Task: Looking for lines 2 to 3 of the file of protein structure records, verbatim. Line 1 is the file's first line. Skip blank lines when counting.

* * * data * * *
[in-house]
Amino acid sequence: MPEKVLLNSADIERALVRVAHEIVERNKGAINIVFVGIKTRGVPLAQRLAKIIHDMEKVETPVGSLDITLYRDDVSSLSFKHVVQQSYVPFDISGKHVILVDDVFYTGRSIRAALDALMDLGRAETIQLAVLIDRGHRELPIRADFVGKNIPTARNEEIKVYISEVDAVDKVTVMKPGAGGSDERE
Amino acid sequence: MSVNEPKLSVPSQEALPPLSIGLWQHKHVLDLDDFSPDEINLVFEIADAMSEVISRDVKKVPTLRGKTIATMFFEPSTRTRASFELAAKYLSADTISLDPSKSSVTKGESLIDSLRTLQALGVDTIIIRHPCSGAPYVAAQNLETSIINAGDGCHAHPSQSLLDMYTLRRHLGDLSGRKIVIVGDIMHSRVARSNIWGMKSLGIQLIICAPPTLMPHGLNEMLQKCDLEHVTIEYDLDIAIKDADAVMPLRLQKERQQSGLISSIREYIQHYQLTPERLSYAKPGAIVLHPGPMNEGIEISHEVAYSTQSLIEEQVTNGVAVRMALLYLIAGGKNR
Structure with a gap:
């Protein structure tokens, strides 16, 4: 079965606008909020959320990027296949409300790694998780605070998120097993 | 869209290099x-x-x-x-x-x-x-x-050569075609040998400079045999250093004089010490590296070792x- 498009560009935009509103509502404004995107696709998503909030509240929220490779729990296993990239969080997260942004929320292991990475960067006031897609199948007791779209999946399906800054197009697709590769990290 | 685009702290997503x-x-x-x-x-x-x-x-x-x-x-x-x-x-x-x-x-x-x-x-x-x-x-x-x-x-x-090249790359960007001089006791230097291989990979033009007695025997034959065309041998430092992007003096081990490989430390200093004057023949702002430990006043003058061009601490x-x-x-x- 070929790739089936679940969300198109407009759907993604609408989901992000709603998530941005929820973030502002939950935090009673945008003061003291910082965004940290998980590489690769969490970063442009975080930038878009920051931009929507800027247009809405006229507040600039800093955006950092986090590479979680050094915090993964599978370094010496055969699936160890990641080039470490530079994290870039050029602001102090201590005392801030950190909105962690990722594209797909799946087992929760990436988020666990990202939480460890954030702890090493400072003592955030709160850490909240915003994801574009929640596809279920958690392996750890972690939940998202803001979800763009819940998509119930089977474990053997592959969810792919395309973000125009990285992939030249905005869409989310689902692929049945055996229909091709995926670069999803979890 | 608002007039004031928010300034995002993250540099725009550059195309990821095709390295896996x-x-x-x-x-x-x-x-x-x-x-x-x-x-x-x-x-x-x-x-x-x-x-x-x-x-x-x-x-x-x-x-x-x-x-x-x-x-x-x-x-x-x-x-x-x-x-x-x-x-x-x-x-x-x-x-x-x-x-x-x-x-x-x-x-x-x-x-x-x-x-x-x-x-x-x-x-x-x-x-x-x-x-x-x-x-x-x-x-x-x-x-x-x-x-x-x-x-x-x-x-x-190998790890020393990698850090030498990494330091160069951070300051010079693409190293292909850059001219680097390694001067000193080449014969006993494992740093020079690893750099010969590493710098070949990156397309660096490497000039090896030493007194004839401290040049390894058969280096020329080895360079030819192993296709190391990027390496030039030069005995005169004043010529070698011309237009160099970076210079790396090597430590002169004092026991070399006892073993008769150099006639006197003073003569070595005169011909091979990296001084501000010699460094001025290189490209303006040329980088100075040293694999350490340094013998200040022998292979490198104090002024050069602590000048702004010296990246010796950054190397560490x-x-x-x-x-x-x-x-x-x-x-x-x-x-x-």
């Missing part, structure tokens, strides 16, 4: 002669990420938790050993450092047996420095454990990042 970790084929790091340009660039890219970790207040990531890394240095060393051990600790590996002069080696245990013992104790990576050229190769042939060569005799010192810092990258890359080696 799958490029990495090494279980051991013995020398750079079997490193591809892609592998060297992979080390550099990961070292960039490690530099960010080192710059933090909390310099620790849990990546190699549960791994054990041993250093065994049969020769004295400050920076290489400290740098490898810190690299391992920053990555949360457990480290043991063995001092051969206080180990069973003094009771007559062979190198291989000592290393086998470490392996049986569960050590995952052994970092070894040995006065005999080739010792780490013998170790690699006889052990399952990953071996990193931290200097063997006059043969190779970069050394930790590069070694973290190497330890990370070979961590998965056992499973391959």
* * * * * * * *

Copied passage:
Amino acid sequence: MPEKVLLNSADIERALVRVAHEIVERNKGAINIVFVGIKTRGVPLAQRLAKIIHDMEKVETPVGSLDITLYRDDVSSLSFKHVVQQSYVPFDISGKHVILVDDVFYTGRSIRAALDALMDLGRAETIQLAVLIDRGHRELPIRADFVGKNIPTARNEEIKVYISEVDAVDKVTVMKPGAGGSDERE
Amino acid sequence: MSVNEPKLSVPSQEALPPLSIGLWQHKHVLDLDDFSPDEINLVFEIADAMSEVISRDVKKVPTLRGKTIATMFFEPSTRTRASFELAAKYLSADTISLDPSKSSVTKGESLIDSLRTLQALGVDTIIIRHPCSGAPYVAAQNLETSIINAGDGCHAHPSQSLLDMYTLRRHLGDLSGRKIVIVGDIMHSRVARSNIWGMKSLGIQLIICAPPTLMPHGLNEMLQKCDLEHVTIEYDLDIAIKDADAVMPLRLQKERQQSGLISSIREYIQHYQLTPERLSYAKPGAIVLHPGPMNEGIEISHEVAYSTQSLIEEQVTNGVAVRMALLYLIAGGKNR